Treatments should feel nice, not like punishment
As a child born to placard-waving Left-wing parents, working in the beauty/fashion industry was always a source of unease. I once experienced the warm glow of respect from my father when I told him I was writing about cashmere, only to see it fade when he realised I meant the goat by-product, not the war-torn region.
In some quarters, the beauty industry gets a bad rap. Does it play on women’s insecurities? Will it make us feel like we are never quite good enough? Maybe, but it can also make us feel great.
A new study by Mintel reveals that 59 per cent of women say their beauty routine helps them relax. The soothing textures, pleasant smells and five minutes of self-focus provide a positive mental boost. Aromatherapy oils, as the name suggests, are properly therapeutic. They can alter brain chemistry, boost one’s mood and combat stress – and they also have antiviral and antiseptic properties. If a friend is going through a tough time, I give them Aromatherapy Associates’ Inner Strength Roller Ball, which costs £18. It’s like portable therapy. Honestly.
And then there is the power of touch. As humans, we need it – but as more and more of us live on our own, tactile pleasure is missing from many lives. Beauty and spa treatments are arguably the only way we can comfortably pay for touch provided by another human being.
The benefits are multiple, but it has to be the right kind of treatment. Choose the wrong one and you may feel peeved, not pampered. During a career of testing spa treatments, I think I have sussed how to choose.
I avoid any treatments that try to solve problems (eg, make you thinner, younger or more toned). This is especially true of cellulite treatments. They don’t work, and they can hurt – I’ve had pressurised water fired at my bottom more times than I care to remember – and it remains dimpled. Any facials that involve more than two masks (your skin can only take so much) are best avoided. Wraps in general are torturous; cling film should stay in the kitchen.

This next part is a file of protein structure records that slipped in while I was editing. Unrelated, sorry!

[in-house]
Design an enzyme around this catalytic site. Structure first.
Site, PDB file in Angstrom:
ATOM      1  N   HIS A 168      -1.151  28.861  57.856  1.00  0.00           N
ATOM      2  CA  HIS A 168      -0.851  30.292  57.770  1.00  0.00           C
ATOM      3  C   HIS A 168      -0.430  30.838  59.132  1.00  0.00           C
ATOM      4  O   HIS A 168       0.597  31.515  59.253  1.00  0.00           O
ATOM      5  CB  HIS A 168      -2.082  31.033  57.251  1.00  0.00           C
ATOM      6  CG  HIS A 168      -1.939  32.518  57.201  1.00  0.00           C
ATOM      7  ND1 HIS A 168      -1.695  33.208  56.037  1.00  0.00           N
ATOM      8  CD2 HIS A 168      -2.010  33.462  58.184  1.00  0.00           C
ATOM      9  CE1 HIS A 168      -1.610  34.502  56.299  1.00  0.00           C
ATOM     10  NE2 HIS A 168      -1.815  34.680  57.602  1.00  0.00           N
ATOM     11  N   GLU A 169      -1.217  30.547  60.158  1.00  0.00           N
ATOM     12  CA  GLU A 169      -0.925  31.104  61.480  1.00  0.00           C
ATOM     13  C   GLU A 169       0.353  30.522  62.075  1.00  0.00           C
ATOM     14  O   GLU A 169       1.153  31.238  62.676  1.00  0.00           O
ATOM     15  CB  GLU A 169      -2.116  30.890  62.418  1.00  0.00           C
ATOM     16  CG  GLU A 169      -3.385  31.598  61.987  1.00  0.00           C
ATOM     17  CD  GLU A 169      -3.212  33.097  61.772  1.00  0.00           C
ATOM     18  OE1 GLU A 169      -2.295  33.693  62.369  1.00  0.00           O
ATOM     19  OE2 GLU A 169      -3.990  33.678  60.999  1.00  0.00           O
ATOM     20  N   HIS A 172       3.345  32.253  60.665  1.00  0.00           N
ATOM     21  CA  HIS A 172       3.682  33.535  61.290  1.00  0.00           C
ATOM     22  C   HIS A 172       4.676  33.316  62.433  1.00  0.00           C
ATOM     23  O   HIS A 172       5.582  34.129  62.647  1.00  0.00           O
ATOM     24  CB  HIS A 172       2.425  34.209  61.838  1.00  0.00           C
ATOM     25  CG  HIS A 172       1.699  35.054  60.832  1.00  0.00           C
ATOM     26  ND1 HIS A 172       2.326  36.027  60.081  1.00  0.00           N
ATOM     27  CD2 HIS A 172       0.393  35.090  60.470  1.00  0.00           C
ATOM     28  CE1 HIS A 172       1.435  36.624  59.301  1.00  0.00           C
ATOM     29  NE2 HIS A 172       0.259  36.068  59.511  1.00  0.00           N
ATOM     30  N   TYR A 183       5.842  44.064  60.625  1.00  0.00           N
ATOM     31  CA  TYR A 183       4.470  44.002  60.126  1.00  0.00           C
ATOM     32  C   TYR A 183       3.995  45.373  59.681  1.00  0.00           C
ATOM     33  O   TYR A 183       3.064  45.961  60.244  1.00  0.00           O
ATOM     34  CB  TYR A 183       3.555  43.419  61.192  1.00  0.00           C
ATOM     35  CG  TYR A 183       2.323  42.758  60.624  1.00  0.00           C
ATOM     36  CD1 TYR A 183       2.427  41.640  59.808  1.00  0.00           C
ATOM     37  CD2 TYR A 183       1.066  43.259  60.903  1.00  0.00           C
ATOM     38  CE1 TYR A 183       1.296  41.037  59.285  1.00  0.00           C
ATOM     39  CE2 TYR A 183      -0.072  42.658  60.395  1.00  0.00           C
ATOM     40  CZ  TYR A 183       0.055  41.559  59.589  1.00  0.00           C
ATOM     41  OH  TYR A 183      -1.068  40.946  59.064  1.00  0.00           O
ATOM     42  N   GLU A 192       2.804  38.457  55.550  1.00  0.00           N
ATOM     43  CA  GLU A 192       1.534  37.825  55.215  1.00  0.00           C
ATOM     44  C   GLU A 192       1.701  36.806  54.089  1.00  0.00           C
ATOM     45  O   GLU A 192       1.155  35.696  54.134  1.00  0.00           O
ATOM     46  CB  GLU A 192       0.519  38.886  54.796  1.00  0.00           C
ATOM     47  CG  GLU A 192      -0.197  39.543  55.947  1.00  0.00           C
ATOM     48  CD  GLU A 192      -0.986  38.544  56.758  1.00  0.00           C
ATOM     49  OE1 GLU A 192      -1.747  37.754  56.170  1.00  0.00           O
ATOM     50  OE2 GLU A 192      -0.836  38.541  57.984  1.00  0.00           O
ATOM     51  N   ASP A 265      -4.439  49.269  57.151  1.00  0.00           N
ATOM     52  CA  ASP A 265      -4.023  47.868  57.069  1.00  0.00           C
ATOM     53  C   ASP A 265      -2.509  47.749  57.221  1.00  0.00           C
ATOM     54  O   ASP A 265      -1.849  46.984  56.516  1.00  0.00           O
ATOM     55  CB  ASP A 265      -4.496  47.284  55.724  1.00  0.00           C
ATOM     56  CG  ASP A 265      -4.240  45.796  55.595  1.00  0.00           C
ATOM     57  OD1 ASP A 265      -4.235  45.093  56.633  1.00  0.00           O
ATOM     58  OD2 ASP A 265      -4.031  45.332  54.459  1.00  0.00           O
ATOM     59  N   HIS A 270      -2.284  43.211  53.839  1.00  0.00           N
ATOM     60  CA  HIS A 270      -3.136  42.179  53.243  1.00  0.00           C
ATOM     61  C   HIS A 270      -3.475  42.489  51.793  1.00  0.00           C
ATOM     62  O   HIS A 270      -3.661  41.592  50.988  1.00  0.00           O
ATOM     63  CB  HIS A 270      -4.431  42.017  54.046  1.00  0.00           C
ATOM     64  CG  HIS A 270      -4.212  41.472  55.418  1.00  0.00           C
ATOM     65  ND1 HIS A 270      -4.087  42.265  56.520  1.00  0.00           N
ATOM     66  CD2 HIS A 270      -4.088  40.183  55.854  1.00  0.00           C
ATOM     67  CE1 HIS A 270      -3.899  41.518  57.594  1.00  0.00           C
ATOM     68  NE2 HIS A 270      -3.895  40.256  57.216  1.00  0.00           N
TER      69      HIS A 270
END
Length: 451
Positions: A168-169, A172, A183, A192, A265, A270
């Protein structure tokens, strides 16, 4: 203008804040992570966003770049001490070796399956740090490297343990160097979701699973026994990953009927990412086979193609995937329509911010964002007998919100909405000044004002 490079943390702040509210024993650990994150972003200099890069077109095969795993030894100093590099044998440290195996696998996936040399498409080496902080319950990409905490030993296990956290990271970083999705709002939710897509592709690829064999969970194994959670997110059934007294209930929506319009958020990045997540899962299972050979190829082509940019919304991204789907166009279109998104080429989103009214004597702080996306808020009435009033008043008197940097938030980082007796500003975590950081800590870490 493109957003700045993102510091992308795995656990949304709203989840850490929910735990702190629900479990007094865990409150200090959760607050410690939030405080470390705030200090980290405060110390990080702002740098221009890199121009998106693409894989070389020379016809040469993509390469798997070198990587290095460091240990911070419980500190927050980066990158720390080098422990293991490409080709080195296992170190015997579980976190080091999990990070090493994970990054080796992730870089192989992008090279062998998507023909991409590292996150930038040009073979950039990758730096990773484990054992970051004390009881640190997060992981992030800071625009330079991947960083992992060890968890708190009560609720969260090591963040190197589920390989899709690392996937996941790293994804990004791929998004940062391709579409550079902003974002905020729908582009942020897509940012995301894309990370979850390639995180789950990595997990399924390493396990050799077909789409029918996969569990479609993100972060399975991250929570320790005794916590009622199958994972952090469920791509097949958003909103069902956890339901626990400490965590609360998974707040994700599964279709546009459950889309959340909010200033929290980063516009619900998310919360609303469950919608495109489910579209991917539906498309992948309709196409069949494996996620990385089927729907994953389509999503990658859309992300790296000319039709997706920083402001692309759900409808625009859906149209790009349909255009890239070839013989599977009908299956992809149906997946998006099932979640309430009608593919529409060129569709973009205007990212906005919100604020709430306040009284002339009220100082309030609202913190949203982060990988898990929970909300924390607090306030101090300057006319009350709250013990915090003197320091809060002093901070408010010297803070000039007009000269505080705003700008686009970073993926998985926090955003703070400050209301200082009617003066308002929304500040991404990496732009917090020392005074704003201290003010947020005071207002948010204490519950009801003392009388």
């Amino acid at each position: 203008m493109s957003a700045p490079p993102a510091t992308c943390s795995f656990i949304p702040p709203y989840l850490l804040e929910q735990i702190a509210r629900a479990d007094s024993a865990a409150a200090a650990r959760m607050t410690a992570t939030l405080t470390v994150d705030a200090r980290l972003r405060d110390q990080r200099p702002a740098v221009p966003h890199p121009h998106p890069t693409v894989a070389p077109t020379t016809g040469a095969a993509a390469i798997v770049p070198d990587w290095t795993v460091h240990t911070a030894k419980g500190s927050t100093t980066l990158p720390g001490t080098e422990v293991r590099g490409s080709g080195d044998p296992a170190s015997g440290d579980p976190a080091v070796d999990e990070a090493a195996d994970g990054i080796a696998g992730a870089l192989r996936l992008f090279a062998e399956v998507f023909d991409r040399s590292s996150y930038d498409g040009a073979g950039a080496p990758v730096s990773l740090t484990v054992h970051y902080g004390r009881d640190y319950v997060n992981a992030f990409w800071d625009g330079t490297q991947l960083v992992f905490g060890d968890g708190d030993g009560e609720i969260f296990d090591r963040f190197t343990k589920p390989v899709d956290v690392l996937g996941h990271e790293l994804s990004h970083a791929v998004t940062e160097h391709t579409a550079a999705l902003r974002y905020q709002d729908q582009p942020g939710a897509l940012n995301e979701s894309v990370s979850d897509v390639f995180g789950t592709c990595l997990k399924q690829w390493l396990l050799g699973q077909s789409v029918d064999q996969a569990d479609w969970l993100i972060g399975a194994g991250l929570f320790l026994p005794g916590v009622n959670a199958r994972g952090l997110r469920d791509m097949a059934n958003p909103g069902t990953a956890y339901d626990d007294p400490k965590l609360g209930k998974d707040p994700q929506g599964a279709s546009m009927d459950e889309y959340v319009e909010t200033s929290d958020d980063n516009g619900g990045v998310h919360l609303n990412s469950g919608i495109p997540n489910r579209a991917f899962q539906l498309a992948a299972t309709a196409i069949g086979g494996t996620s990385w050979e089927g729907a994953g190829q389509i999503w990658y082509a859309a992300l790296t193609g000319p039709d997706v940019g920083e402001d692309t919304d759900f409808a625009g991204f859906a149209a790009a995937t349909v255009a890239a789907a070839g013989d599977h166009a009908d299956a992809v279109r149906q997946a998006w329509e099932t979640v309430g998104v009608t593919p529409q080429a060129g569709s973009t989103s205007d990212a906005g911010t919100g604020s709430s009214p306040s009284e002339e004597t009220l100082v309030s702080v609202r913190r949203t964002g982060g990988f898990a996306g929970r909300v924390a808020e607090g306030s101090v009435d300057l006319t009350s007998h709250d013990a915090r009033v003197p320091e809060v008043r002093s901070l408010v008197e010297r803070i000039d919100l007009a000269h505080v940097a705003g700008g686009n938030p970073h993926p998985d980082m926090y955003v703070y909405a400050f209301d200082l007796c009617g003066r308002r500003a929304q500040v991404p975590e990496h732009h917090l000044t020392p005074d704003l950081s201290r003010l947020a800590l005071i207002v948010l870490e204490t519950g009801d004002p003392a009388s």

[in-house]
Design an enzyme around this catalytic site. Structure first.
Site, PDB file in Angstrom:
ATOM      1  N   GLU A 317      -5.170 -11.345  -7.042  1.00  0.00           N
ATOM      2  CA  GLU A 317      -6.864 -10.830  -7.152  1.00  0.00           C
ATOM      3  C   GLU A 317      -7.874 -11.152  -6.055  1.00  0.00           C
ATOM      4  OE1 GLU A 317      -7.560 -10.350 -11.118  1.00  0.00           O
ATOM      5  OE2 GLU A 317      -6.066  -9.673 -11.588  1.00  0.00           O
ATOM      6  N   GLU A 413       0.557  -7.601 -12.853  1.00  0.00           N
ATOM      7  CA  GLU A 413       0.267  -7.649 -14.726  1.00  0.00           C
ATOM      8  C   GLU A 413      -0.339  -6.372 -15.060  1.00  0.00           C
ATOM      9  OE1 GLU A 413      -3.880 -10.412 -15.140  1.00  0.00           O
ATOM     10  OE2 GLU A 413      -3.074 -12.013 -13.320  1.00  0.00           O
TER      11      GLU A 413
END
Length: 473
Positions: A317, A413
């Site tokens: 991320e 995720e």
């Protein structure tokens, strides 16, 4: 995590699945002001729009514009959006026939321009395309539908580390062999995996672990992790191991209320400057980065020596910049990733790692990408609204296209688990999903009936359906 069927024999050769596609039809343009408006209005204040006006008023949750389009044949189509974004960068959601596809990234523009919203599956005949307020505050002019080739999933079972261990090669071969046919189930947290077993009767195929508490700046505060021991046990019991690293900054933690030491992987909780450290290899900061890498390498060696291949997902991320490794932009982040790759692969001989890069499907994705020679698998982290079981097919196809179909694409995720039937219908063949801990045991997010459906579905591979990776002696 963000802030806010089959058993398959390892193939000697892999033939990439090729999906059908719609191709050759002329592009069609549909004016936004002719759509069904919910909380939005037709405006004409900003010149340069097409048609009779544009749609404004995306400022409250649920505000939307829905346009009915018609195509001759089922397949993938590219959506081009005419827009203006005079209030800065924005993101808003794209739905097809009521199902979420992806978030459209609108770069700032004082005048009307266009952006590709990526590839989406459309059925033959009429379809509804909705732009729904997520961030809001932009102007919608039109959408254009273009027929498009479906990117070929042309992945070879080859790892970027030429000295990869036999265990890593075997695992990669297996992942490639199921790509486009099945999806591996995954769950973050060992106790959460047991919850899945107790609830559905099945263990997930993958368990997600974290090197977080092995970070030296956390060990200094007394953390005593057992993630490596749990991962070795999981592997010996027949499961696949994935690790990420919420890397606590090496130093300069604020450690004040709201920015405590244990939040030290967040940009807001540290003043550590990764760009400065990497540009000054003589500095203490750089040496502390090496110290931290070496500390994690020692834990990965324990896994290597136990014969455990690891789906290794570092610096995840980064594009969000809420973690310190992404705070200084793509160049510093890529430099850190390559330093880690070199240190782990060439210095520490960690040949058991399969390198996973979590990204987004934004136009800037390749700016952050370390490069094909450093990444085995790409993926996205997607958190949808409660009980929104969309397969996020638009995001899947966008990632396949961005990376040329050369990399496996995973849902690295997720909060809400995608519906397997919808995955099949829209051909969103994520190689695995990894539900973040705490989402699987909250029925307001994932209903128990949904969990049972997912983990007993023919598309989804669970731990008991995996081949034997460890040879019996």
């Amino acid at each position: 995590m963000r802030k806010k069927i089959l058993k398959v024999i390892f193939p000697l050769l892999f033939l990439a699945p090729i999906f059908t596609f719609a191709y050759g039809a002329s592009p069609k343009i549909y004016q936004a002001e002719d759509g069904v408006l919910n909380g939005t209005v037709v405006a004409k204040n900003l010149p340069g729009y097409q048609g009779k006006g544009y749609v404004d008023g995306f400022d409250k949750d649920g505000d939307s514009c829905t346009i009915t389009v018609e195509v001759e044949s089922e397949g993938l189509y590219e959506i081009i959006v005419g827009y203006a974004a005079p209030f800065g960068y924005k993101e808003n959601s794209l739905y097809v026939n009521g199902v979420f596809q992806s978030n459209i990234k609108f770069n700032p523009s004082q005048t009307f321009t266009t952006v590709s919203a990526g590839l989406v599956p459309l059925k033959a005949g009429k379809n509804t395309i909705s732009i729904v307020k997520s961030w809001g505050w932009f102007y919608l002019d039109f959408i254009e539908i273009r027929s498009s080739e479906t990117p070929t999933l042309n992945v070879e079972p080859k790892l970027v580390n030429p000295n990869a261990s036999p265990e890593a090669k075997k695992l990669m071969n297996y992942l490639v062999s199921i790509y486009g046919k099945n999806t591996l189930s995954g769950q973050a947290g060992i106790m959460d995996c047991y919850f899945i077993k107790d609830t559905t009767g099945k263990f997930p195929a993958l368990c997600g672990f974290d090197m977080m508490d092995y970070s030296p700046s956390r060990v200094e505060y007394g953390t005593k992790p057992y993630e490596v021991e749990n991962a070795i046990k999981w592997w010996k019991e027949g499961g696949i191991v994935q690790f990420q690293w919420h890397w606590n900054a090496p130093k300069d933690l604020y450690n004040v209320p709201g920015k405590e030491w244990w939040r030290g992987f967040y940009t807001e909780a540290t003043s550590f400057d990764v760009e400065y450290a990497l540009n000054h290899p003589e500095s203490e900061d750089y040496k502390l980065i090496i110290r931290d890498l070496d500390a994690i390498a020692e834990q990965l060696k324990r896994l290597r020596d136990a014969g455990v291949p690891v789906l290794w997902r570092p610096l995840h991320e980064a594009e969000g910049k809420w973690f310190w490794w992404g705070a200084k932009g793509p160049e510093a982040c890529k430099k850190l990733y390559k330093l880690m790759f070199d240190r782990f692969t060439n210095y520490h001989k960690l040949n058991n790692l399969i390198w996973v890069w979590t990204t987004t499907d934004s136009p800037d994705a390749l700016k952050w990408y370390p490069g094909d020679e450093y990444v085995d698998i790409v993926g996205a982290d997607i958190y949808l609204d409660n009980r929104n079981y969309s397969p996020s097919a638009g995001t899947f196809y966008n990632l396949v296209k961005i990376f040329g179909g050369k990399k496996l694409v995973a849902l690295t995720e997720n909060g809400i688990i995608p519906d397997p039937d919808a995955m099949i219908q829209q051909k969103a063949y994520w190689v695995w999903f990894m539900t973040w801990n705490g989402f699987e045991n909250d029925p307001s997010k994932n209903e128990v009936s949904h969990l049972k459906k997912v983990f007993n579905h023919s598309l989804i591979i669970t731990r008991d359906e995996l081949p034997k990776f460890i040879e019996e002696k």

So what would I choose? Head massages, hot stone massages and facials that involve lots of lymph drainage, minimal machinery and delicious smelling oils. Oh, and scrubs – the granddaddy of feel-good treatments. I am a firm believer in spa treatments that actually feel nice.
Which brings us neatly to Chewton Glen (chewtonglen.com). It’s clear why it’s become so renowned as a hotel - and the spa doesn’t disappoint, either. You’d be hard-pushed to emerge from its spa and not feel fantastic. Its indoor pool is perfect for lounging around, making it perfect for groups of friends on a day visit.
Working your way round the hydrotherapy spa pool (the largest of its kind in the UK) is a great way to pass a couple of hours. Above the pool there’s a café selling healthy food with a daily alkaline buffet. Any buffet feels a bit fat-farm-ish, but here the food looks and tastes good – and there’s an à la carte menu, too.
The spa layout is slightly higgledypiggledy and so lacks the serene grandeur of Cliveden, say. And the
The indoor pool at Chewton Glen spa